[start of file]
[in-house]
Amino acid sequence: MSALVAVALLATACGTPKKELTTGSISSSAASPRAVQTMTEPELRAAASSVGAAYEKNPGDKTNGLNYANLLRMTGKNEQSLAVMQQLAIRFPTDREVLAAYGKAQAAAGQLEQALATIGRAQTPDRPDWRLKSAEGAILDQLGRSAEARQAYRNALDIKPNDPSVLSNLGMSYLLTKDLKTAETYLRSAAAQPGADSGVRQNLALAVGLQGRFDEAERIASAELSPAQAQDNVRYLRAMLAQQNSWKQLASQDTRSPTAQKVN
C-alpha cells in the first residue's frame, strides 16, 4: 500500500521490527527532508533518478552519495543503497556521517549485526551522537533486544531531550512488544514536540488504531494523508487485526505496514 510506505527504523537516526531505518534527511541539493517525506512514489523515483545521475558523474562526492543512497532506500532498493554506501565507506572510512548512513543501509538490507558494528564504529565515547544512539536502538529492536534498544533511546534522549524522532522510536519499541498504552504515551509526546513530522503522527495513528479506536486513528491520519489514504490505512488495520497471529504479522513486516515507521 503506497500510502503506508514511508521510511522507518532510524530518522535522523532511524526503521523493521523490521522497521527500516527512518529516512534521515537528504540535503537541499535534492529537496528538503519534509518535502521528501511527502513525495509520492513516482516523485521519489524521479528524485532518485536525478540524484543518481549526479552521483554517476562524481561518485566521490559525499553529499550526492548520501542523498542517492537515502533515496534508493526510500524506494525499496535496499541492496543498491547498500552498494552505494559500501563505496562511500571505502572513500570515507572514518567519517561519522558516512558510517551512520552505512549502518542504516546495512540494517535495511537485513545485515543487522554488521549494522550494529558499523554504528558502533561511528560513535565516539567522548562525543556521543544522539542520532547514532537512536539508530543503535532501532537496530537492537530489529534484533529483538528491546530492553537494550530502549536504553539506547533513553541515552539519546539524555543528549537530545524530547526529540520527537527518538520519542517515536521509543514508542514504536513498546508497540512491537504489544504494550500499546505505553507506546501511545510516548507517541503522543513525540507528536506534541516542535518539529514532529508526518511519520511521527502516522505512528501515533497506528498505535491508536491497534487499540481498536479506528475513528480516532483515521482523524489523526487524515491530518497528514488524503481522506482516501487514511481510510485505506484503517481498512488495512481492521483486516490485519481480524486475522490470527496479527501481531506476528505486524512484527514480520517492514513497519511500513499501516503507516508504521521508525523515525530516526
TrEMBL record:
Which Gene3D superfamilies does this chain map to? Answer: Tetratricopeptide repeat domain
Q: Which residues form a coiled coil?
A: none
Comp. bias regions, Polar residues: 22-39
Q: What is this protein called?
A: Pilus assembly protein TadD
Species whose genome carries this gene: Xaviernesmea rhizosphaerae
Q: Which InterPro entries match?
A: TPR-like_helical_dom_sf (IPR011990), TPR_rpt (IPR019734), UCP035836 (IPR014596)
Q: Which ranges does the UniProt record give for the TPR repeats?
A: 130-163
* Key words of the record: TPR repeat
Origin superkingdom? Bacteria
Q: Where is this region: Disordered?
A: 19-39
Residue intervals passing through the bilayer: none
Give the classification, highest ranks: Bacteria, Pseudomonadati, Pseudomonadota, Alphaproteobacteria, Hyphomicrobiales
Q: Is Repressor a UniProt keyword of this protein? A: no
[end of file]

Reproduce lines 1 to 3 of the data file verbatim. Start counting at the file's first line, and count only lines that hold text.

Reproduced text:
[in-house]
Amino acid sequence: MSALVAVALLATACGTPKKELTTGSISSSAASPRAVQTMTEPELRAAASSVGAAYEKNPGDKTNGLNYANLLRMTGKNEQSLAVMQQLAIRFPTDREVLAAYGKAQAAAGQLEQALATIGRAQTPDRPDWRLKSAEGAILDQLGRSAEARQAYRNALDIKPNDPSVLSNLGMSYLLTKDLKTAETYLRSAAAQPGADSGVRQNLALAVGLQGRFDEAERIASAELSPAQAQDNVRYLRAMLAQQNSWKQLASQDTRSPTAQKVN
C-alpha cells in the first residue's frame, strides 16, 4: 500500500521490527527532508533518478552519495543503497556521517549485526551522537533486544531531550512488544514536540488504531494523508487485526505496514 510506505527504523537516526531505518534527511541539493517525506512514489523515483545521475558523474562526492543512497532506500532498493554506501565507506572510512548512513543501509538490507558494528564504529565515547544512539536502538529492536534498544533511546534522549524522532522510536519499541498504552504515551509526546513530522503522527495513528479506536486513528491520519489514504490505512488495520497471529504479522513486516515507521 503506497500510502503506508514511508521510511522507518532510524530518522535522523532511524526503521523493521523490521522497521527500516527512518529516512534521515537528504540535503537541499535534492529537496528538503519534509518535502521528501511527502513525495509520492513516482516523485521519489524521479528524485532518485536525478540524484543518481549526479552521483554517476562524481561518485566521490559525499553529499550526492548520501542523498542517492537515502533515496534508493526510500524506494525499496535496499541492496543498491547498500552498494552505494559500501563505496562511500571505502572513500570515507572514518567519517561519522558516512558510517551512520552505512549502518542504516546495512540494517535495511537485513545485515543487522554488521549494522550494529558499523554504528558502533561511528560513535565516539567522548562525543556521543544522539542520532547514532537512536539508530543503535532501532537496530537492537530489529534484533529483538528491546530492553537494550530502549536504553539506547533513553541515552539519546539524555543528549537530545524530547526529540520527537527518538520519542517515536521509543514508542514504536513498546508497540512491537504489544504494550500499546505505553507506546501511545510516548507517541503522543513525540507528536506534541516542535518539529514532529508526518511519520511521527502516522505512528501515533497506528498505535491508536491497534487499540481498536479506528475513528480516532483515521482523524489523526487524515491530518497528514488524503481522506482516501487514511481510510485505506484503517481498512488495512481492521483486516490485519481480524486475522490470527496479527501481531506476528505486524512484527514480520517492514513497519511500513499501516503507516508504521521508525523515525530516526